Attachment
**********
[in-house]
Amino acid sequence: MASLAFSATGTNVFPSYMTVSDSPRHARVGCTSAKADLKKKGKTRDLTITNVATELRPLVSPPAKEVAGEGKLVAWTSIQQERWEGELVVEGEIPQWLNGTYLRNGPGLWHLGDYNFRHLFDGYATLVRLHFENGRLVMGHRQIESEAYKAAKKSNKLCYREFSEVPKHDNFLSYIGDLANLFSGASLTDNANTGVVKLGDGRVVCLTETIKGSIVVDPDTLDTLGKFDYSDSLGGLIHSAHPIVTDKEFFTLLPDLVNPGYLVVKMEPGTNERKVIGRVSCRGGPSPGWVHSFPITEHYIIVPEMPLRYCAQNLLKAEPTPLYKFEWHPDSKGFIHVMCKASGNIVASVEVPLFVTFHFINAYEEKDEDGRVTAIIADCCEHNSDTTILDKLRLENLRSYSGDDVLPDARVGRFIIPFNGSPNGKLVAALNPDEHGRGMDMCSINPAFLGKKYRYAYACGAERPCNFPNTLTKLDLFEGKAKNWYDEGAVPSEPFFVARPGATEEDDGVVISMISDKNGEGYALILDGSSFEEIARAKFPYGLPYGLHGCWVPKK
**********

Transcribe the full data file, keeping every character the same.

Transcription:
[in-house]
Amino acid sequence: MASLAFSATGTNVFPSYMTVSDSPRHARVGCTSAKADLKKKGKTRDLTITNVATELRPLVSPPAKEVAGEGKLVAWTSIQQERWEGELVVEGEIPQWLNGTYLRNGPGLWHLGDYNFRHLFDGYATLVRLHFENGRLVMGHRQIESEAYKAAKKSNKLCYREFSEVPKHDNFLSYIGDLANLFSGASLTDNANTGVVKLGDGRVVCLTETIKGSIVVDPDTLDTLGKFDYSDSLGGLIHSAHPIVTDKEFFTLLPDLVNPGYLVVKMEPGTNERKVIGRVSCRGGPSPGWVHSFPITEHYIIVPEMPLRYCAQNLLKAEPTPLYKFEWHPDSKGFIHVMCKASGNIVASVEVPLFVTFHFINAYEEKDEDGRVTAIIADCCEHNSDTTILDKLRLENLRSYSGDDVLPDARVGRFIIPFNGSPNGKLVAALNPDEHGRGMDMCSINPAFLGKKYRYAYACGAERPCNFPNTLTKLDLFEGKAKNWYDEGAVPSEPFFVARPGATEEDDGVVISMISDKNGEGYALILDGSSFEEIARAKFPYGLPYGLHGCWVPKK